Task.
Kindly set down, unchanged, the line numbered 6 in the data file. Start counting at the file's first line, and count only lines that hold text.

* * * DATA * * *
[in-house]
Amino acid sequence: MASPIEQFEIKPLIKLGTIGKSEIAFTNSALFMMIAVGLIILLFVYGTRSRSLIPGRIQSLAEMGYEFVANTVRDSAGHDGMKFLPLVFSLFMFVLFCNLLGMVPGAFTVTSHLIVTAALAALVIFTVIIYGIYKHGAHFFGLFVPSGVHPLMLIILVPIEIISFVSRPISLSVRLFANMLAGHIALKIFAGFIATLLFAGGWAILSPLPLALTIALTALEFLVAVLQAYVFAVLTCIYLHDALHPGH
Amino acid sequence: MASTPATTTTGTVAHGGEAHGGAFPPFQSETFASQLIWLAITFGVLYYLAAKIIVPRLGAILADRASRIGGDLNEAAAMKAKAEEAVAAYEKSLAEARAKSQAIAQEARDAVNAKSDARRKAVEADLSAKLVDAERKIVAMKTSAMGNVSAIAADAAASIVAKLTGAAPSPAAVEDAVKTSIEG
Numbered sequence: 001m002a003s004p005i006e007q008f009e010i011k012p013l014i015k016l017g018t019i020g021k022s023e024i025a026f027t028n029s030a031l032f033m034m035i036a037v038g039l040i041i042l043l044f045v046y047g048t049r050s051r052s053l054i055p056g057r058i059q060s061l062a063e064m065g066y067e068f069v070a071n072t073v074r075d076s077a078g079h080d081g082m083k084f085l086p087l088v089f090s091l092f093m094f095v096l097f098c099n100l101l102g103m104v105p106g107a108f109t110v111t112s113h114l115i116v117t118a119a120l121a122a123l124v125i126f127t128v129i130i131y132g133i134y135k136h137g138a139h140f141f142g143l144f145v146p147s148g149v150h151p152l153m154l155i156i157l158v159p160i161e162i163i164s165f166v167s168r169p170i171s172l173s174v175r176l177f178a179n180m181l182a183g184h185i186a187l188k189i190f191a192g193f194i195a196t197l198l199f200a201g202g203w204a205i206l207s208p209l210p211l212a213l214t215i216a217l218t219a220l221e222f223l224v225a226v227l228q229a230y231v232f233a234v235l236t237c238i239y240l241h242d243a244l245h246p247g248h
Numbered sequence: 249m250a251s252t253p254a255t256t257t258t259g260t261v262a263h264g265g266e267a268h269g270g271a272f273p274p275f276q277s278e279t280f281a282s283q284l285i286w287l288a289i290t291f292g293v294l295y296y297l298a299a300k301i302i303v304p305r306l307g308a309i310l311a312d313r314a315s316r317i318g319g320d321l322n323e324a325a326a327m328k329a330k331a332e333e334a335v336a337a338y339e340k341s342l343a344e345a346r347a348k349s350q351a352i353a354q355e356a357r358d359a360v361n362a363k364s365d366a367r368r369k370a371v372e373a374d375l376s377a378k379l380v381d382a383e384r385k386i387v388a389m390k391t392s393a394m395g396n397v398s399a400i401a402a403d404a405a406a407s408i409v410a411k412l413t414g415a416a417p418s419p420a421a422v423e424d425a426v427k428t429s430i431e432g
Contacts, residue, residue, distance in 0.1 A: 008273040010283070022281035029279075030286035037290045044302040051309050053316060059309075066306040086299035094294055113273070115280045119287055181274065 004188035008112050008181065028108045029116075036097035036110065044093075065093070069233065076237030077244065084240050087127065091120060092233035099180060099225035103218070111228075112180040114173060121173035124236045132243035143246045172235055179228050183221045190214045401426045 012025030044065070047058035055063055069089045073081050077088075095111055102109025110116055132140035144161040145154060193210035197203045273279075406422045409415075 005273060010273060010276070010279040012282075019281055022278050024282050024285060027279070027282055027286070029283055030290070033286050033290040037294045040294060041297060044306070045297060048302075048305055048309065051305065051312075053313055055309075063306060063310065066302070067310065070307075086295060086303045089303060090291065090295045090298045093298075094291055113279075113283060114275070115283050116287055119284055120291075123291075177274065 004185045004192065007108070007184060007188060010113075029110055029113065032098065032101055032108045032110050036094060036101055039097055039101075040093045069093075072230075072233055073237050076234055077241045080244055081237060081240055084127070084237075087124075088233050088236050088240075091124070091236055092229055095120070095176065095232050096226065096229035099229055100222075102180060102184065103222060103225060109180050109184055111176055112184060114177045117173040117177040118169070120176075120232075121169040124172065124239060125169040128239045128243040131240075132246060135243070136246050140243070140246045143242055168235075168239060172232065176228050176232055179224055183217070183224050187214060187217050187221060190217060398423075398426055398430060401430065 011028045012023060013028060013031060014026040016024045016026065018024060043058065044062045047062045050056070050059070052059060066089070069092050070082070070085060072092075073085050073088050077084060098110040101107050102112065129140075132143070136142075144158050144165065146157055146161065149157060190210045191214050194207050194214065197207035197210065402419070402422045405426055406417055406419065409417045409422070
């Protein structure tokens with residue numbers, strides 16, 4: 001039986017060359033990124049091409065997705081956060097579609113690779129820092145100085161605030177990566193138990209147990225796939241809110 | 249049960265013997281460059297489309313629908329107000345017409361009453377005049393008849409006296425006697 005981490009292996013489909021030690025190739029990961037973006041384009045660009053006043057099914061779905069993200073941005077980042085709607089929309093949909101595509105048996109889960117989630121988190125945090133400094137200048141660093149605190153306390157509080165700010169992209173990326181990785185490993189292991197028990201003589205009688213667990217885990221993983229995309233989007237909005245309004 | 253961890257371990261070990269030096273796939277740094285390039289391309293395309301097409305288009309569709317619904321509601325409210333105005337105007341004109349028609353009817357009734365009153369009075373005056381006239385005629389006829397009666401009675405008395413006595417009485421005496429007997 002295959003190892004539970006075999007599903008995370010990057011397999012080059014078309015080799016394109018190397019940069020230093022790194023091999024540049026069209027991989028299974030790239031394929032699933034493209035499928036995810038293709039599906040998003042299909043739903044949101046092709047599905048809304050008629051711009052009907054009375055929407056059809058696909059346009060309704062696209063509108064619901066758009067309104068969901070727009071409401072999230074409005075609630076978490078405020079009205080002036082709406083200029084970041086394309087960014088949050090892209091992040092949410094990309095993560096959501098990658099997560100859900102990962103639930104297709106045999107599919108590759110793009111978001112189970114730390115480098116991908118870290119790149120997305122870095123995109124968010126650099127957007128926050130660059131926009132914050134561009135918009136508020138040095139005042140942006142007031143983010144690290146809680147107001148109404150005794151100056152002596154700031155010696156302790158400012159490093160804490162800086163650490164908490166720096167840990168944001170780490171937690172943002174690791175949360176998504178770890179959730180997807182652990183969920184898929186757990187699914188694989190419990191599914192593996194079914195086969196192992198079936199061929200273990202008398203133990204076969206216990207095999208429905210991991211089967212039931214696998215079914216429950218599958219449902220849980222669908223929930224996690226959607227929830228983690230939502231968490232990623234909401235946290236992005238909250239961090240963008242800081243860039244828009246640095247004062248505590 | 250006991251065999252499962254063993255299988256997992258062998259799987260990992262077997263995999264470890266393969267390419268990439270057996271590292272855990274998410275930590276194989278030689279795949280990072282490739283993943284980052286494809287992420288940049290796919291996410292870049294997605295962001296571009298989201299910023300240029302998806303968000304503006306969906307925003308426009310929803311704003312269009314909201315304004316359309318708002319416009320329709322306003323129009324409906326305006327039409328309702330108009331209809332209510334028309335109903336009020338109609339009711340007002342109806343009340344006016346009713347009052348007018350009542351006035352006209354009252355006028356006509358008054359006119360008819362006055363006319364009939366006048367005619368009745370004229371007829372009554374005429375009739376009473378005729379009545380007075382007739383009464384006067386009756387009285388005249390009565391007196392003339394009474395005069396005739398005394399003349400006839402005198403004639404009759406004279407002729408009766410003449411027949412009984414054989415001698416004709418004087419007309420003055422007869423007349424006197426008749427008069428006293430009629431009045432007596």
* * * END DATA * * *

Contacts, residue, residue, distance in 0.1 A: 008273040010283070022281035029279075030286035037290045044302040051309050053316060059309075066306040086299035094294055113273070115280045119287055181274065 004188035008112050008181065028108045029116075036097035036110065044093075065093070069233065076237030077244065084240050087127065091120060092233035099180060099225035103218070111228075112180040114173060121173035124236045132243035143246045172235055179228050183221045190214045401426045 012025030044065070047058035055063055069089045073081050077088075095111055102109025110116055132140035144161040145154060193210035197203045273279075406422045409415075 005273060010273060010276070010279040012282075019281055022278050024282050024285060027279070027282055027286070029283055030290070033286050033290040037294045040294060041297060044306070045297060048302075048305055048309065051305065051312075053313055055309075063306060063310065066302070067310065070307075086295060086303045089303060090291065090295045090298045093298075094291055113279075113283060114275070115283050116287055119284055120291075123291075177274065 004185045004192065007108070007184060007188060010113075029110055029113065032098065032101055032108045032110050036094060036101055039097055039101075040093045069093075072230075072233055073237050076234055077241045080244055081237060081240055084127070084237075087124075088233050088236050088240075091124070091236055092229055095120070095176065095232050096226065096229035099229055100222075102180060102184065103222060103225060109180050109184055111176055112184060114177045117173040117177040118169070120176075120232075121169040124172065124239060125169040128239045128243040131240075132246060135243070136246050140243070140246045143242055168235075168239060172232065176228050176232055179224055183217070183224050187214060187217050187221060190217060398423075398426055398430060401430065 011028045012023060013028060013031060014026040016024045016026065018024060043058065044062045047062045050056070050059070052059060066089070069092050070082070070085060072092075073085050073088050077084060098110040101107050102112065129140075132143070136142075144158050144165065146157055146161065149157060190210045191214050194207050194214065197207035197210065402419070402422045405426055406417055406419065409417045409422070